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Scrap the Public Assemblies Bill (Northern Ireland)

Comment 7th July 2010

The Public Assemblies Bill in Northern Ireland should be halted and re-thought. It is intended as a new means of leglislating against contentious parades. However, it has been poorly thought out – it will negatively affect many other things and actually prevent democratic protest (or at least severely restrict its efficacy).

Why does this matter?

On the 20th April 2010 the First Minister (Peter Robinson) and Deputy First Minister (Martin McGuinness) published draft legislation in the form of the “Draft Public Assemblies, Parades and Protests Bill”. If the Bill becomes law, ALL gatherings involving 50 or more people, and which take place in any “public space” will be required to give 37 days prior notice.

If this Bill becomes law it will be one of the most draconian pieces of legislation in the whole of Europe in relation to the right to free assembly. It will affect the rights of every single person to organise themselves collectively as workers, trade unionists, community campaigners and political activists.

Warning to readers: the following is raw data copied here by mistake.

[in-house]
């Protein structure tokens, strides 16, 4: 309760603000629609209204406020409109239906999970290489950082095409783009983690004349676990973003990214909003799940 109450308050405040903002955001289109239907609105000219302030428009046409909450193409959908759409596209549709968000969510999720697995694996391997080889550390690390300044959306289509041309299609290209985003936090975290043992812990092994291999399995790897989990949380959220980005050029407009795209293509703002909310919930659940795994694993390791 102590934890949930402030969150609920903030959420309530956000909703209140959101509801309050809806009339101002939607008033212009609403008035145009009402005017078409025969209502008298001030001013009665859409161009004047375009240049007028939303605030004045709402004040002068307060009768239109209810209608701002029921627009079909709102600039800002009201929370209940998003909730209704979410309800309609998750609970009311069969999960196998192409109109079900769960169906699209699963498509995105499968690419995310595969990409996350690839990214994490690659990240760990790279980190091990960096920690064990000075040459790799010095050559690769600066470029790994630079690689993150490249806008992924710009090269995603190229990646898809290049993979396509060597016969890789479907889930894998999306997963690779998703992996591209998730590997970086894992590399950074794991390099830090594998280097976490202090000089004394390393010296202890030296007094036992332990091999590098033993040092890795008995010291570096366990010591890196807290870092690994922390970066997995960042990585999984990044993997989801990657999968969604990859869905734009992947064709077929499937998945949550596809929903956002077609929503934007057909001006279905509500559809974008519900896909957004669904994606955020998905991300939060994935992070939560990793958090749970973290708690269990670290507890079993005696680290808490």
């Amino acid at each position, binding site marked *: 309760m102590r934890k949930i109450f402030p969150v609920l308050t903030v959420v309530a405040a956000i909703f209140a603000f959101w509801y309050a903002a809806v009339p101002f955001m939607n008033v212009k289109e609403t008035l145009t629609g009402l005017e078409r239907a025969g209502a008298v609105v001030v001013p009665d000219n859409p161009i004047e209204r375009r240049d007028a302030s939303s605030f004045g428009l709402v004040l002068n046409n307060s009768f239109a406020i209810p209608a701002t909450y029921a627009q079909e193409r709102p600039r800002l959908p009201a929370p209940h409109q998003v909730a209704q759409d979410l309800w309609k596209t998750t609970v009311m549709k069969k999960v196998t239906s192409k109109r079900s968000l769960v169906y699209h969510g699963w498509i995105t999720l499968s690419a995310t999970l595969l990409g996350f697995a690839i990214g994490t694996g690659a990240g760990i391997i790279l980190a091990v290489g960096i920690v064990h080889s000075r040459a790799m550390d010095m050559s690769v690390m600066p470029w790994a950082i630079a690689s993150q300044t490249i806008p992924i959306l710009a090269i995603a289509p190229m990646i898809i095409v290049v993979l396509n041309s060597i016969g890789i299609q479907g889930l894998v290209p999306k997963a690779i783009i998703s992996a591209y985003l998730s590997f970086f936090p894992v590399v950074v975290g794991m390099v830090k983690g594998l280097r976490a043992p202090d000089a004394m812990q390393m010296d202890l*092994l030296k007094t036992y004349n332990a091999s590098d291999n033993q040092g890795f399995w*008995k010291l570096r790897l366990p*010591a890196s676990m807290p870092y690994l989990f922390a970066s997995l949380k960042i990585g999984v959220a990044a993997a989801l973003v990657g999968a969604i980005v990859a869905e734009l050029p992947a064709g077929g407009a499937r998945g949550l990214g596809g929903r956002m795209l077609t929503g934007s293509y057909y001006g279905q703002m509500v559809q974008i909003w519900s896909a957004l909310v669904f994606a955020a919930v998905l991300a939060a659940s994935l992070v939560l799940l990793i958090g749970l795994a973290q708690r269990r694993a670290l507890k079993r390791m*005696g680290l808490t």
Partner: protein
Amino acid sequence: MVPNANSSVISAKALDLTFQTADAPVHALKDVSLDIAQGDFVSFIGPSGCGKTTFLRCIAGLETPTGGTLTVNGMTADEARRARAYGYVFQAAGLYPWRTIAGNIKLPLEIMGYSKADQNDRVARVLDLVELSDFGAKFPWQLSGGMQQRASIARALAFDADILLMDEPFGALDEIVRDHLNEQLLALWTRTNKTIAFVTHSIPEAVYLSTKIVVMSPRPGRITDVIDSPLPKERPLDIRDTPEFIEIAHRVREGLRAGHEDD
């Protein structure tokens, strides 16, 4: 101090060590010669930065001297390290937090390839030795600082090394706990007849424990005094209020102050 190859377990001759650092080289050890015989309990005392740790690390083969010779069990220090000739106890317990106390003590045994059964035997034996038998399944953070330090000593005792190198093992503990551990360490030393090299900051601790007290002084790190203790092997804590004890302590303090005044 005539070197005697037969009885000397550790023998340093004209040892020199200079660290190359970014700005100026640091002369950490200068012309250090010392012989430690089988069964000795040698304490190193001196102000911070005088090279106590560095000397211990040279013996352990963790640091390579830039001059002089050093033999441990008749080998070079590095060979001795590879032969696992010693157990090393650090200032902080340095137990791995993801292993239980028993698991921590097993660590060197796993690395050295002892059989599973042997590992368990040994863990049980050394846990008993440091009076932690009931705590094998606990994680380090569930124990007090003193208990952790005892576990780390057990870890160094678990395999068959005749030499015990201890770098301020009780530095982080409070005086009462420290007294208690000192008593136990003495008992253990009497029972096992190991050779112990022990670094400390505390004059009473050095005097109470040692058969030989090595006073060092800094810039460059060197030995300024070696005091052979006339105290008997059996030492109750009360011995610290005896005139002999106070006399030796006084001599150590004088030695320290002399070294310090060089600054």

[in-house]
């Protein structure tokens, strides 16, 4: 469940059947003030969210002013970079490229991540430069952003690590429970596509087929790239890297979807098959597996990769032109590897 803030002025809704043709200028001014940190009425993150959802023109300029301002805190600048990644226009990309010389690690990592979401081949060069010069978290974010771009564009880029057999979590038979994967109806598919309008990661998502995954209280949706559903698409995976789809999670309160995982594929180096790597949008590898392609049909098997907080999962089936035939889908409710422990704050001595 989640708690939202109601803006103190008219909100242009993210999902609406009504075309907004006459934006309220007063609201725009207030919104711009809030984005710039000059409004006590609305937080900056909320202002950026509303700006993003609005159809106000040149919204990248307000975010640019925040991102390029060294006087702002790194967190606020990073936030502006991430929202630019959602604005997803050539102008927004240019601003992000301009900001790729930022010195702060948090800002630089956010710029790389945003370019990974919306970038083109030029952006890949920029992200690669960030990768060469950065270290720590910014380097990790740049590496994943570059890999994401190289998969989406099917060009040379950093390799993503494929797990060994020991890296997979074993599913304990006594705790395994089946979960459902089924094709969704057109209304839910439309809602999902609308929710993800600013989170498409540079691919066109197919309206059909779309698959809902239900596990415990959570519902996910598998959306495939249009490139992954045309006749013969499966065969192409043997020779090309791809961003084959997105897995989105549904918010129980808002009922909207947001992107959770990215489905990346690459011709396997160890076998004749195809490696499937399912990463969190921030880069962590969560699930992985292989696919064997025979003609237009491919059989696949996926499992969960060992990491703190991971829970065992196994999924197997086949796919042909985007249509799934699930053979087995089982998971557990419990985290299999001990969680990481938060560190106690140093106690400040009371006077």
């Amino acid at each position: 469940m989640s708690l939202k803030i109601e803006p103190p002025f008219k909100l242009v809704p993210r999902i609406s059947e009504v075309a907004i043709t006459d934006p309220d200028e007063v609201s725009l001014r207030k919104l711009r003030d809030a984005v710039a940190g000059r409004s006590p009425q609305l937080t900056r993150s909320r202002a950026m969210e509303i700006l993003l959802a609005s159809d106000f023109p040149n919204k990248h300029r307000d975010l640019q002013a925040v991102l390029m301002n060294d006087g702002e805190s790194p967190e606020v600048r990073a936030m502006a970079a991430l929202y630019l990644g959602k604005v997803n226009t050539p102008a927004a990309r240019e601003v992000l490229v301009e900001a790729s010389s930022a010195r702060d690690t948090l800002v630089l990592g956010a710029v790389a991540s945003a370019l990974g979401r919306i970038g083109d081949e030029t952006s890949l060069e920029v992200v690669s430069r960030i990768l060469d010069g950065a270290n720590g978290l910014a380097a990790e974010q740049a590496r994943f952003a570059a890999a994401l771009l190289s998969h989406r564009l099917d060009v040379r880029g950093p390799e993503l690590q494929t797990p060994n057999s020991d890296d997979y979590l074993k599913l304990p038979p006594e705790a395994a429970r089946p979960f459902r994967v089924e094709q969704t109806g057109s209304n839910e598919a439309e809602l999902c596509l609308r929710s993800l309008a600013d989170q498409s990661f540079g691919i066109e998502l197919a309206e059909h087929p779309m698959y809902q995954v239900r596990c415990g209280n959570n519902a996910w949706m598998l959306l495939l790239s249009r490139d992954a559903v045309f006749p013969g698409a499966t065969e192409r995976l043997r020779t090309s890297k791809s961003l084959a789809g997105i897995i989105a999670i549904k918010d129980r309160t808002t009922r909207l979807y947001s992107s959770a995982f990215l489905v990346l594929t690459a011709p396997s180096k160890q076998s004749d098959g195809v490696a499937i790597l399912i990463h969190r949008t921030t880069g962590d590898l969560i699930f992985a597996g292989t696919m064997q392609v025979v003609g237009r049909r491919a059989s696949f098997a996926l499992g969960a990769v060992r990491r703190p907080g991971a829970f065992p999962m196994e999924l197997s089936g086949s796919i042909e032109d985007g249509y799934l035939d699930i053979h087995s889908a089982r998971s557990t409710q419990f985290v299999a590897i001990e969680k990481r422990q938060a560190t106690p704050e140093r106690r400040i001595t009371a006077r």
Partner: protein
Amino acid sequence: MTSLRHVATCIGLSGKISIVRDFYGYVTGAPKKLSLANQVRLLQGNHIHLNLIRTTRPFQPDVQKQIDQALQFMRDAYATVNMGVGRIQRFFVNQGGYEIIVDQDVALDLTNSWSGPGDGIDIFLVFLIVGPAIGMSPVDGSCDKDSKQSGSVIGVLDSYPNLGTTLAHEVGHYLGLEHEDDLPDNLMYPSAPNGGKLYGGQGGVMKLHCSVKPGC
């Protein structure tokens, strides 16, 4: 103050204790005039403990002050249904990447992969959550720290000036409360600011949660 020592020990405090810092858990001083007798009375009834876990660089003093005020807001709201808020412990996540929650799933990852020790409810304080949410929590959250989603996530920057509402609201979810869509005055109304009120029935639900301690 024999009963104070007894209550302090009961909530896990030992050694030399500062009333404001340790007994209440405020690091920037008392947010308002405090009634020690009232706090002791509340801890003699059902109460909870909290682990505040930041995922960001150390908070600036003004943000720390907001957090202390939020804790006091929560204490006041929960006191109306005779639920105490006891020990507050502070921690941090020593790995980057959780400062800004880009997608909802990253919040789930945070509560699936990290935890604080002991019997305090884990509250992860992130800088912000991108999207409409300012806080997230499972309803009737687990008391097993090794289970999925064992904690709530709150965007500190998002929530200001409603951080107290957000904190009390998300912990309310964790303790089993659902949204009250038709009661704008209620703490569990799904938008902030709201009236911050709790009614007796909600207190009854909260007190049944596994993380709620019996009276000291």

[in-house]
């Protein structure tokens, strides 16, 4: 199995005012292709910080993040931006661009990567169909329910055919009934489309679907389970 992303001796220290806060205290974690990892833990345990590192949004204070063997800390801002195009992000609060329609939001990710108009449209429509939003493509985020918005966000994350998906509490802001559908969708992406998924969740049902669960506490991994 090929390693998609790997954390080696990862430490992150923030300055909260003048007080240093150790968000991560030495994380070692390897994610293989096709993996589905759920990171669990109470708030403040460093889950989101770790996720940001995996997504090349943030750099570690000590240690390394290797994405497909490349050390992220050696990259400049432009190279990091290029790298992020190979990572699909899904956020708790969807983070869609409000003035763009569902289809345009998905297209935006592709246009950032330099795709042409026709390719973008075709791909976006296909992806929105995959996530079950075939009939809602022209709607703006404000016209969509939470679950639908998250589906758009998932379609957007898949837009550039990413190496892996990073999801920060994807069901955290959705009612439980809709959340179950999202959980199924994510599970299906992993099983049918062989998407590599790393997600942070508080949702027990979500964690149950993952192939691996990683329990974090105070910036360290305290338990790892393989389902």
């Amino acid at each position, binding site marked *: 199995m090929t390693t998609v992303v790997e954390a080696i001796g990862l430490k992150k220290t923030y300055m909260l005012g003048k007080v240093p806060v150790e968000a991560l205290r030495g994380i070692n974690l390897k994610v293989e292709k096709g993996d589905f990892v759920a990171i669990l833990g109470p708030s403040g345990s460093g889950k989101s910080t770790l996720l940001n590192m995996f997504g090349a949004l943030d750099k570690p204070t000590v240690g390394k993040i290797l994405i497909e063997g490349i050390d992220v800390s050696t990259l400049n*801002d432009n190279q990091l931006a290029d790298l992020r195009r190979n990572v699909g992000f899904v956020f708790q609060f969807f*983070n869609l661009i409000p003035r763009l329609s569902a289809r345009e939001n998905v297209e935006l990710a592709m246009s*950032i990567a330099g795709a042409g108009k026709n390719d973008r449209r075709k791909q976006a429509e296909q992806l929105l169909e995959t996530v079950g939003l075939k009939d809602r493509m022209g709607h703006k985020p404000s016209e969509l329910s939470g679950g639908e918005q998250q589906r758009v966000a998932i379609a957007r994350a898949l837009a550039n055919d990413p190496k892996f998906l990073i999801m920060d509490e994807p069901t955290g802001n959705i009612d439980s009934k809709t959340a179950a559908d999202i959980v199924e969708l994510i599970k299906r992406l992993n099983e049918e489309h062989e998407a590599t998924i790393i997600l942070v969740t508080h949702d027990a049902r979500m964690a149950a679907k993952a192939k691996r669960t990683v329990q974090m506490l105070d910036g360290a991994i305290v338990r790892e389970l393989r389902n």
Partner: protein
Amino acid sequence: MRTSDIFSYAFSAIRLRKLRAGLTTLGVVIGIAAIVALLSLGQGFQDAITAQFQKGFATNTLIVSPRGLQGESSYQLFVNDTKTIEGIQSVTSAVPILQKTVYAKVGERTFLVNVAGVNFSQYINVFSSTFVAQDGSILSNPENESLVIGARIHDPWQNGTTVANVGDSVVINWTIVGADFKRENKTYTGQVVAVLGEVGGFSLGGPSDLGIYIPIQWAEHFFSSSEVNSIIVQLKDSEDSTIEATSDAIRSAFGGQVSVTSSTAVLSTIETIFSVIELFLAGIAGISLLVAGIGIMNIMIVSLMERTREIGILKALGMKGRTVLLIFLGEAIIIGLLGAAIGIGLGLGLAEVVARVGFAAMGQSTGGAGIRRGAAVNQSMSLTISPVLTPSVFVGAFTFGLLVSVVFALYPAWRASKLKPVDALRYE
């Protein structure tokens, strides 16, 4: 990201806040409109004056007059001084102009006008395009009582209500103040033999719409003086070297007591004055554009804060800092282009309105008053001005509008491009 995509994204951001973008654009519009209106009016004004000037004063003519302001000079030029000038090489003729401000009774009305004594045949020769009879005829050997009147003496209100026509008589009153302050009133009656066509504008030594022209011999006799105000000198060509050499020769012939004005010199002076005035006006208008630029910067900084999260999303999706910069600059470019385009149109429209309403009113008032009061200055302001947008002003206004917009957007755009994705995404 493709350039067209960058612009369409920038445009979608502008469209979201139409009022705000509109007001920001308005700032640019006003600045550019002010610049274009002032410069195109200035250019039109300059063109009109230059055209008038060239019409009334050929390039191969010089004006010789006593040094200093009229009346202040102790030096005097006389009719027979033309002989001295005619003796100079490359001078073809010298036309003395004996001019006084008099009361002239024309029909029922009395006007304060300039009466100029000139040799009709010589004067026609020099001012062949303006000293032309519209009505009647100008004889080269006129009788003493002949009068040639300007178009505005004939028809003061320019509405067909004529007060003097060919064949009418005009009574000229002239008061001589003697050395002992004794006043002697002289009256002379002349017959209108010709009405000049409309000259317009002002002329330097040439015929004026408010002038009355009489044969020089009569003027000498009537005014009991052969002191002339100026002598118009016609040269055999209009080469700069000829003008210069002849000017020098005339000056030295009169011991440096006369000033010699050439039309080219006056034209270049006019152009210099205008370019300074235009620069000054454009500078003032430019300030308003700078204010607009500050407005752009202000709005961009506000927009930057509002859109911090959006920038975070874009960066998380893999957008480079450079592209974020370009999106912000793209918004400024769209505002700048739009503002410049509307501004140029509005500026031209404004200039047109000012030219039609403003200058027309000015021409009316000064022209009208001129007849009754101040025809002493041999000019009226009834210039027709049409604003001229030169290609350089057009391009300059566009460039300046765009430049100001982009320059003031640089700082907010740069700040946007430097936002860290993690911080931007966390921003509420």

Legitimate protests will have to be organised almost 40 days in advance. Many protests and gatherings are much more hastily arranged than this, and 37 days will significantly take the steam and passion out of people. When you are passionate – you want to do something NOW. If the process is that "You decide you want to do something. You have to arrange 37 days in advance." by the time it comes around the moment is gone.

I am not suggesting we don't come up with a solution to contentious parades. However, overly-flexible leglislation such as this will be used to oppress in a wide-range of other situations; this cannot be allowed!


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